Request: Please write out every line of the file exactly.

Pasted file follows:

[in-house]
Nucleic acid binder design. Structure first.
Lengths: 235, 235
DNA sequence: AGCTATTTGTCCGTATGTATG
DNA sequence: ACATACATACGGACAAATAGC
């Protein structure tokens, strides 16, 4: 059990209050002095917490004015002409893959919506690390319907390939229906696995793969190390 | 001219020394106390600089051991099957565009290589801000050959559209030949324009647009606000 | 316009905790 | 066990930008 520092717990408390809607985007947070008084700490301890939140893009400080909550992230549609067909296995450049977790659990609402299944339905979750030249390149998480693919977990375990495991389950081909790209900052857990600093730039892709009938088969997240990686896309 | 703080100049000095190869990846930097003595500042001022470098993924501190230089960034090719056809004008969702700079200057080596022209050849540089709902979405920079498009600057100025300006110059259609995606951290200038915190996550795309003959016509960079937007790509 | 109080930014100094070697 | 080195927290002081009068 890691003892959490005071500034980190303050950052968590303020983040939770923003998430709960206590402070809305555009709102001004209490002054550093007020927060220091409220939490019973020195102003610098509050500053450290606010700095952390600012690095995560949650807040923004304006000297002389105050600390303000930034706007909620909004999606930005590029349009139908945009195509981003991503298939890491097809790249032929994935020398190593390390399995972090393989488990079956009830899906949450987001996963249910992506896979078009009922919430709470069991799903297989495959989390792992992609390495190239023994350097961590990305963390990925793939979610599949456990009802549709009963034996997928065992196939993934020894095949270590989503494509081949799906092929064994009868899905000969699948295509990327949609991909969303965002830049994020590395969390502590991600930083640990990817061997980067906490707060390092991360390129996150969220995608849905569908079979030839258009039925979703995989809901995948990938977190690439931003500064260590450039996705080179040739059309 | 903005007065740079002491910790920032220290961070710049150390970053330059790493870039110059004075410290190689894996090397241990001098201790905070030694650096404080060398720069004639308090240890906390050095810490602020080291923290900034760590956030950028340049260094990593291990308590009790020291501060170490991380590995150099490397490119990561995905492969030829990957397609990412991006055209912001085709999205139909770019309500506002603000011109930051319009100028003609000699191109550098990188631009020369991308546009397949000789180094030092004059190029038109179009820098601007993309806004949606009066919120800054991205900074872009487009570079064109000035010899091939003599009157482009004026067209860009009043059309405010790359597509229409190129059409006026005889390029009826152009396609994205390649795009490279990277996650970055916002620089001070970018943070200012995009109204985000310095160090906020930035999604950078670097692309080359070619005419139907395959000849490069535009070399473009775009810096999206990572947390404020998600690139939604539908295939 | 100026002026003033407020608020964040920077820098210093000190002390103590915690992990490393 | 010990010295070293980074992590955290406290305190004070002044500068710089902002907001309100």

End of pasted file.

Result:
[in-house]
Nucleic acid binder design. Structure first.
Lengths: 235, 235
DNA sequence: AGCTATTTGTCCGTATGTATG
DNA sequence: ACATACATACGGACAAATAGC
């Protein structure tokens, strides 16, 4: 059990209050002095917490004015002409893959919506690390319907390939229906696995793969190390 | 001219020394106390600089051991099957565009290589801000050959559209030949324009647009606000 | 316009905790 | 066990930008 520092717990408390809607985007947070008084700490301890939140893009400080909550992230549609067909296995450049977790659990609402299944339905979750030249390149998480693919977990375990495991389950081909790209900052857990600093730039892709009938088969997240990686896309 | 703080100049000095190869990846930097003595500042001022470098993924501190230089960034090719056809004008969702700079200057080596022209050849540089709902979405920079498009600057100025300006110059259609995606951290200038915190996550795309003959016509960079937007790509 | 109080930014100094070697 | 080195927290002081009068 890691003892959490005071500034980190303050950052968590303020983040939770923003998430709960206590402070809305555009709102001004209490002054550093007020927060220091409220939490019973020195102003610098509050500053450290606010700095952390600012690095995560949650807040923004304006000297002389105050600390303000930034706007909620909004999606930005590029349009139908945009195509981003991503298939890491097809790249032929994935020398190593390390399995972090393989488990079956009830899906949450987001996963249910992506896979078009009922919430709470069991799903297989495959989390792992992609390495190239023994350097961590990305963390990925793939979610599949456990009802549709009963034996997928065992196939993934020894095949270590989503494509081949799906092929064994009868899905000969699948295509990327949609991909969303965002830049994020590395969390502590991600930083640990990817061997980067906490707060390092991360390129996150969220995608849905569908079979030839258009039925979703995989809901995948990938977190690439931003500064260590450039996705080179040739059309 | 903005007065740079002491910790920032220290961070710049150390970053330059790493870039110059004075410290190689894996090397241990001098201790905070030694650096404080060398720069004639308090240890906390050095810490602020080291923290900034760590956030950028340049260094990593291990308590009790020291501060170490991380590995150099490397490119990561995905492969030829990957397609990412991006055209912001085709999205139909770019309500506002603000011109930051319009100028003609000699191109550098990188631009020369991308546009397949000789180094030092004059190029038109179009820098601007993309806004949606009066919120800054991205900074872009487009570079064109000035010899091939003599009157482009004026067209860009009043059309405010790359597509229409190129059409006026005889390029009826152009396609994205390649795009490279990277996650970055916002620089001070970018943070200012995009109204985000310095160090906020930035999604950078670097692309080359070619005419139907395959000849490069535009070399473009775009810096999206990572947390404020998600690139939604539908295939 | 100026002026003033407020608020964040920077820098210093000190002390103590915690992990490393 | 010990010295070293980074992590955290406290305190004070002044500068710089902002907001309100």